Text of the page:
Having recently studied Spanish while traveling in Ecuador and Peru, I decided to make a Spanish vocabulary quiz. In real life, you need to be able to name objects in the context of a full environment, not just as isolated questions. Therefore, I wanted users to answer by clicking on objects in realistic scenes they might encounter in real life.
First, I built the “click to answer” interactions. I tried to build them that they could be replicated quickly for each slide. Though requiring more effort than standard multiple-choice slides, the process is not complicated, and could be scaled up efficiently for larger project.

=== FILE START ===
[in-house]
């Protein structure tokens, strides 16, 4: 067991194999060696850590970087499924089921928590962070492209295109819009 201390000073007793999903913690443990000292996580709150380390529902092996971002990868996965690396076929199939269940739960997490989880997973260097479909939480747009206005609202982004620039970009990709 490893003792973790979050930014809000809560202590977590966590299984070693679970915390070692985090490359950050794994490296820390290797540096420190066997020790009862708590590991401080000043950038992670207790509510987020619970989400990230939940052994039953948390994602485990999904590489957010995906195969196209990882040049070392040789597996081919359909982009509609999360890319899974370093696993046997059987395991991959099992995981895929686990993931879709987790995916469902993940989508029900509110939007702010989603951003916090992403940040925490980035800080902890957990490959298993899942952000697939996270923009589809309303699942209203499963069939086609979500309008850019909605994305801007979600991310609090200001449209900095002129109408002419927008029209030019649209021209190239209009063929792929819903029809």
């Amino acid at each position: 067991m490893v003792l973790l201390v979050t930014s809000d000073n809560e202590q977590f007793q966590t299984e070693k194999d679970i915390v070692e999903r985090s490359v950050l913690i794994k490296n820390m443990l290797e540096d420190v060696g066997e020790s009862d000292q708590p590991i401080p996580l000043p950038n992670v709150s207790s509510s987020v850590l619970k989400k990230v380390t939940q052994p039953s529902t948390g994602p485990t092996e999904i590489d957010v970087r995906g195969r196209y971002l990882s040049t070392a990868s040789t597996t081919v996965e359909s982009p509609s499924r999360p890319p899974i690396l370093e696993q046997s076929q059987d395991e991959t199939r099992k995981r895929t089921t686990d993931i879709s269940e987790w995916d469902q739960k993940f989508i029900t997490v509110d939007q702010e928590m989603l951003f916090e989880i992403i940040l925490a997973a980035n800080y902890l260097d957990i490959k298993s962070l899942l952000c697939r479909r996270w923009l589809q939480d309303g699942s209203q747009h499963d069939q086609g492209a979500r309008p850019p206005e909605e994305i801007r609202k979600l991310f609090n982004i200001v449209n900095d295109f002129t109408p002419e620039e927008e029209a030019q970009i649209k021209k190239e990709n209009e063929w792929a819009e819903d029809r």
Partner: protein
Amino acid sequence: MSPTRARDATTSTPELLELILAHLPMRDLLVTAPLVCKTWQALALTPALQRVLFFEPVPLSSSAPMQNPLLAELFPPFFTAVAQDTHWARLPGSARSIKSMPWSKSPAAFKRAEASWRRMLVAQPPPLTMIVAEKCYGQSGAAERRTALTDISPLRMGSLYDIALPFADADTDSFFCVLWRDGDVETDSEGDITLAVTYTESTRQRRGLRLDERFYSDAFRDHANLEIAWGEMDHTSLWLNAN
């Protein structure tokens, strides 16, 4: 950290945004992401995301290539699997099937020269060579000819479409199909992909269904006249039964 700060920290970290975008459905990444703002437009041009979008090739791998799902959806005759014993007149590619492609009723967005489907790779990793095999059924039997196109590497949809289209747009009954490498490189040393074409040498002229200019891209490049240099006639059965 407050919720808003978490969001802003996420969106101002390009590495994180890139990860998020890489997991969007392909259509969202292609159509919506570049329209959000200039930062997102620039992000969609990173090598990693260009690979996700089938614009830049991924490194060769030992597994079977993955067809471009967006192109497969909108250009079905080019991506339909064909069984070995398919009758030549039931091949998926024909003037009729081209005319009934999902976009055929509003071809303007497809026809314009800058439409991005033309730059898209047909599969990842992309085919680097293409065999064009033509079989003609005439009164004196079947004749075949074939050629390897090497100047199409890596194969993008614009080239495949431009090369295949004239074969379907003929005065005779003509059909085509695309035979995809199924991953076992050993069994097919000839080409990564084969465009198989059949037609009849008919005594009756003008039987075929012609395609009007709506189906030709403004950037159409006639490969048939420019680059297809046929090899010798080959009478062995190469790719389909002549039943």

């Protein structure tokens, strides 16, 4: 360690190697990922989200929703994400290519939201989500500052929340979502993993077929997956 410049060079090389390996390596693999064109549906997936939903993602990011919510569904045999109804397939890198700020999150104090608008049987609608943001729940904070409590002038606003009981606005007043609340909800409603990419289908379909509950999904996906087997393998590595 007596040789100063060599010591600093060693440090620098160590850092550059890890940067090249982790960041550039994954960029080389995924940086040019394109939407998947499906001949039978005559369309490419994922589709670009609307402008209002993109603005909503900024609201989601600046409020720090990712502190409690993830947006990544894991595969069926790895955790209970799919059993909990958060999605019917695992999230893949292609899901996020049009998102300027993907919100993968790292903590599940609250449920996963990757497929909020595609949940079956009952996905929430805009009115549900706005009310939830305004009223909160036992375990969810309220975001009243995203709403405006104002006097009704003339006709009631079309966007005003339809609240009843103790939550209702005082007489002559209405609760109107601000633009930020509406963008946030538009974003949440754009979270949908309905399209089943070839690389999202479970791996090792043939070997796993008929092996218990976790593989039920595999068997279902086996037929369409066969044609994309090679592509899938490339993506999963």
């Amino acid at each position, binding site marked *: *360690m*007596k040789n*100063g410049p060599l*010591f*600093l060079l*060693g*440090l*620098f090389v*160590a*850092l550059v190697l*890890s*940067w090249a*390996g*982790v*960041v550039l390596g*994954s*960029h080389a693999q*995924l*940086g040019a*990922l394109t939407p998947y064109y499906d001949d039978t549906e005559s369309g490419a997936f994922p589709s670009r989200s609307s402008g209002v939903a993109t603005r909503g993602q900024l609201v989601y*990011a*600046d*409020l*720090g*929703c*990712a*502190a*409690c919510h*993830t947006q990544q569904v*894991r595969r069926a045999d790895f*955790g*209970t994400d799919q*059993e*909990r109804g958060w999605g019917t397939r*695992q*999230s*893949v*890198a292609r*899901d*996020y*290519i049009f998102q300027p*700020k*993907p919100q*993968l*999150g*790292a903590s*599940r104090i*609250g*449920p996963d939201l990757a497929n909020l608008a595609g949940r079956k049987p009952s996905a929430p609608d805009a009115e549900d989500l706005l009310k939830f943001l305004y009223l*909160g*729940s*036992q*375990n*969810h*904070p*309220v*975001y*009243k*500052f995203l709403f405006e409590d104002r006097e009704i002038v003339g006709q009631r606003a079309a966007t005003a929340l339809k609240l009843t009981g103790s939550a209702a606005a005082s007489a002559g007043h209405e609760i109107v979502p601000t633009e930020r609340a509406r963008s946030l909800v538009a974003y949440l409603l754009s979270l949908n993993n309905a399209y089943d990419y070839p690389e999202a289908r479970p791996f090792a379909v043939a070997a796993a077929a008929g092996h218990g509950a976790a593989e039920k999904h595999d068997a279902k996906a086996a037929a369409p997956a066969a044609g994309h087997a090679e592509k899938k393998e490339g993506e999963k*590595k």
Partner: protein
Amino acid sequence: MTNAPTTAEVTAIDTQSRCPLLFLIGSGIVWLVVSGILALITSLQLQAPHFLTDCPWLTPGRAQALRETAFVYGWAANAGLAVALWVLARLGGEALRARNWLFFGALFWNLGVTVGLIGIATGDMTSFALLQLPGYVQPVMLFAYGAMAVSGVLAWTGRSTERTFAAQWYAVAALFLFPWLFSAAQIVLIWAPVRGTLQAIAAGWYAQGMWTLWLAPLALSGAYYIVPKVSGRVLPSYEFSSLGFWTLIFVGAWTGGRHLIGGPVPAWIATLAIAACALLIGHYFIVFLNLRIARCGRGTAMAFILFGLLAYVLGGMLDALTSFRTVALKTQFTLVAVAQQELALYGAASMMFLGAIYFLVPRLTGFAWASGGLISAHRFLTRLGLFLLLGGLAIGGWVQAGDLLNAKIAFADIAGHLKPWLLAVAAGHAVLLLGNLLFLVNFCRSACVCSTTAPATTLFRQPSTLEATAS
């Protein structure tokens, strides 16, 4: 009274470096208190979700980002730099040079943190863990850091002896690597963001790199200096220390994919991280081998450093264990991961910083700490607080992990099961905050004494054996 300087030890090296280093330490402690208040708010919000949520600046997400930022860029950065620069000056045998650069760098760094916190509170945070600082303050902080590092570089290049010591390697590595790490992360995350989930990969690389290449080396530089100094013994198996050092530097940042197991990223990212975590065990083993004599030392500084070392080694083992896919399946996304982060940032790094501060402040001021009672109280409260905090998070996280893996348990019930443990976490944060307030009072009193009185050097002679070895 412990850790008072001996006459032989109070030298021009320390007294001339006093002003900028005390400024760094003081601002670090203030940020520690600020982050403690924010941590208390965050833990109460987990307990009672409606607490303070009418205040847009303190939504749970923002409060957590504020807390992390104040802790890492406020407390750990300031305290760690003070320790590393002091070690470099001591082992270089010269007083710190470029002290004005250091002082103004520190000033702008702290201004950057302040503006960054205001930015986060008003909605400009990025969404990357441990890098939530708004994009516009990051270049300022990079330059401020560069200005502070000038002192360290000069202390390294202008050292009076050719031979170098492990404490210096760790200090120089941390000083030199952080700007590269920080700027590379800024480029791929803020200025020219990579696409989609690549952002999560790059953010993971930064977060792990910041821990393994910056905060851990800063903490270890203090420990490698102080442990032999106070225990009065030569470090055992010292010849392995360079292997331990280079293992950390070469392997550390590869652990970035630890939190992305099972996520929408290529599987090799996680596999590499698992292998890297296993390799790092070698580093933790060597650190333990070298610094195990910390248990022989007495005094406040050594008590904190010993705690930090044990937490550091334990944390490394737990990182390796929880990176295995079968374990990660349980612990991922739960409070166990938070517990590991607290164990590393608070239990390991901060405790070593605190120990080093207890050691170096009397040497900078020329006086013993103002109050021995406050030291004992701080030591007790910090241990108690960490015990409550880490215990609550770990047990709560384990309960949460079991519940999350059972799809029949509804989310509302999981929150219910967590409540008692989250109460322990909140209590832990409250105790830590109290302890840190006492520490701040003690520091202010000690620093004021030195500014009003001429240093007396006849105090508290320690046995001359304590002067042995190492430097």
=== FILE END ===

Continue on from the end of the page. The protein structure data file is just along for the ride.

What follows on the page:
I soon discovered users could easily get stuck on a word, and might resort to clicking randomly to find the answer. This is frustrating and pedagogically ineffective. I solved this problem by adding a vocabulary tab that can be accessed at any time. If the user guesses incorrectly three times in a row, the system now prompts the user to open the vocab tab, instead of continuing to just guess.
Many eLearning quizzes end with a simple results slide. I designed this differently too, by showing a variety of performance statistics. Furthermore, I added written feedback that adapts to their stats, resulting in 15 different possible messages. The text adapts to 3 numeric variables: questions skipped, questions answered correctly on the first click, and times they opened the glossary. This gives the results slide a more personal and encouraging voice.